Water-Wise Gardening

29 Mar 2019

Increasing droughts require us to scrutinize our garden more closely.

Does your garden pass the conservation test?

By Carol Brock According to the Union of Concerned Scientists, people in the Mountain West and Southwest should prepare for more frequent and severe droughts. A warming world and our semiarid climate means Coloradans must take drought seriously, and a water-wise garden is a great first step. These dozen tips from the Colorado State University Extension will get your garden in water-efficiency mode. For other suggestions, visit https://extension.colostate.edu/

Plant in blocks, rather than rows.

illustration by shutterstock.com
This creates shade for roots and reduces evaporation.

Use windbreaks

illustration by shutterstock.com
to protect plants and soil from wind and reduce evaporation.

Water at night or early morning

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to avoid evaporation loss and set sprinklers to hit the landscape only, not sidewalks, driveways or walkways.

Control weeds,

illustration by shutterstock.com
which compete with vegetables for water.

Aerate lawn

image by The Lawn Institute
in spring and fall for better water penetration through the soil.

Group plants

illustration by shutterstock.com
with similar water needs in the same area for easy irrigation. For example, cucumber, zucchini and squash require similar water applications.

Check soil moisture before watering

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Insert a 6-inch screwdriver into the soil; if it easily inserts, don’t water.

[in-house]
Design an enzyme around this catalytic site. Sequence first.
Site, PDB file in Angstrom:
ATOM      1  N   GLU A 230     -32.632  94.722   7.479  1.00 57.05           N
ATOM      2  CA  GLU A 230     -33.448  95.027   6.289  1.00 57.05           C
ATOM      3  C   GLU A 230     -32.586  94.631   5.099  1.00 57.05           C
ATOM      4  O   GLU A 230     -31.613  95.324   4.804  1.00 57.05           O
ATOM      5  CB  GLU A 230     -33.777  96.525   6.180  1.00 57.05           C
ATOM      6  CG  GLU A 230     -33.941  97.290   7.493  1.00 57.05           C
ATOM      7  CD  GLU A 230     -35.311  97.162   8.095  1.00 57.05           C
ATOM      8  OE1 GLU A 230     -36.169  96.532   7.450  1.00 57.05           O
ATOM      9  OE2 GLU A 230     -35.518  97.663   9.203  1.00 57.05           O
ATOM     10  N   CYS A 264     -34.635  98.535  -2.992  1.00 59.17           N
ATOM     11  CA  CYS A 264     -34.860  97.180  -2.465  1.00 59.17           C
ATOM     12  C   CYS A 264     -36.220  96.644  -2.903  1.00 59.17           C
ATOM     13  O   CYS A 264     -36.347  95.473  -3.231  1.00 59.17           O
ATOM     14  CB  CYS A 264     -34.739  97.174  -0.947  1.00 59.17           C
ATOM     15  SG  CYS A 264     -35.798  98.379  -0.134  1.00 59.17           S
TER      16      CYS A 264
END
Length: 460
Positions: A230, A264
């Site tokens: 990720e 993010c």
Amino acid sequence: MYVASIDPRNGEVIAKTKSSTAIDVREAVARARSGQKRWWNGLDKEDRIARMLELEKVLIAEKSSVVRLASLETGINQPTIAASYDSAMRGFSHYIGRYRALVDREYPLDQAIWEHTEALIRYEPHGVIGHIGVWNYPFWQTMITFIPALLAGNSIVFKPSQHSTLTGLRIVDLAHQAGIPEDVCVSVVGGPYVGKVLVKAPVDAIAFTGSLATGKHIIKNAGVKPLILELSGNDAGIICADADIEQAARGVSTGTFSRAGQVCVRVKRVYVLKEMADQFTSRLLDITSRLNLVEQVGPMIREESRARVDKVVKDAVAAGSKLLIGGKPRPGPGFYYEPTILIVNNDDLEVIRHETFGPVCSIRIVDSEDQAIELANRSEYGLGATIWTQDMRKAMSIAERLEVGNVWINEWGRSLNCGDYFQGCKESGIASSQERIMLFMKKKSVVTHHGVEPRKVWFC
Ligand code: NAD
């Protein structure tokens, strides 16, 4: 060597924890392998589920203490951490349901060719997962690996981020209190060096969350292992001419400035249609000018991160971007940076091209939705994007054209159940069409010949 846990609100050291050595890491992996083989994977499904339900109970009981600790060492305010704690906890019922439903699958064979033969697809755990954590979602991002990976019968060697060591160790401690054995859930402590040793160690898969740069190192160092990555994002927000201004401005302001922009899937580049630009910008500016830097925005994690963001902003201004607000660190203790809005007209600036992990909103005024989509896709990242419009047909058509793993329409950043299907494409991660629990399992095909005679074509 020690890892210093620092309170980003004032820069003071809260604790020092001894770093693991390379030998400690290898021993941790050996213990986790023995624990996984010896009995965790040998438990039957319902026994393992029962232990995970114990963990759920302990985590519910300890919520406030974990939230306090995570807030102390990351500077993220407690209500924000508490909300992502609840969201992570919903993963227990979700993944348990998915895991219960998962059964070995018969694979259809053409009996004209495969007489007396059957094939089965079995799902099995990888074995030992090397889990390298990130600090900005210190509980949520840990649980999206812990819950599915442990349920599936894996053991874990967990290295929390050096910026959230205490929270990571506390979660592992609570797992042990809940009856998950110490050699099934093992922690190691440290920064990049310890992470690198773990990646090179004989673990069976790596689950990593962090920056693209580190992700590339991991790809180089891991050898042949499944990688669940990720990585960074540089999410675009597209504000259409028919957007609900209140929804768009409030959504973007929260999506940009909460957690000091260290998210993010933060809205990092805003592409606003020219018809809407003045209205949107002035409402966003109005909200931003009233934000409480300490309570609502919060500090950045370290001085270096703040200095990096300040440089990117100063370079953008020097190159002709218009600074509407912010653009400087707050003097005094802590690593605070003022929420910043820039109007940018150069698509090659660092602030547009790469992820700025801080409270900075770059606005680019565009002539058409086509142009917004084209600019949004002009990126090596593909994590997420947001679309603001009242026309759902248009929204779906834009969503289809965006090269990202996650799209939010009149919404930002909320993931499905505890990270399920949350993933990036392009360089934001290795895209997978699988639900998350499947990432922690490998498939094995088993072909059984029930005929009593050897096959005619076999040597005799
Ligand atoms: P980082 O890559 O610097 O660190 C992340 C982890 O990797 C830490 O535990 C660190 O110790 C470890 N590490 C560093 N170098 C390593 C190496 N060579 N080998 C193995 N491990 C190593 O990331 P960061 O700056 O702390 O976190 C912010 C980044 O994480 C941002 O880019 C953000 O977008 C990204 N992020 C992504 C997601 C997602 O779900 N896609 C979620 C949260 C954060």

Watch for footprints on the lawn

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Water when footprints or mower tracks are easily visible.

Check sprinklers

for broken heads and clogged nozzles, and learn how to manually operate your system so you can shut it off during rainy or cool periods.

Add soil amendments

illustration by shutterstock.com
like compost to improve aeration and water penetration in clay and lightly sandy soils. Mulching controls weeds and keeps soil moister, which reduces irrigation needs.

Set mower blade to the highest level—

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2.5 to 3 inches—and make sure it’s sharp. This reduces stress on grass and improves its drought and heat tolerance. Leave grass clippings on the lawn.

Plant drought-tolerant native species

illustration by shutterstock.com
like purple desert four o’clock, orange butterfly milkweed, silver prairie sage and pink swamp milkweed.
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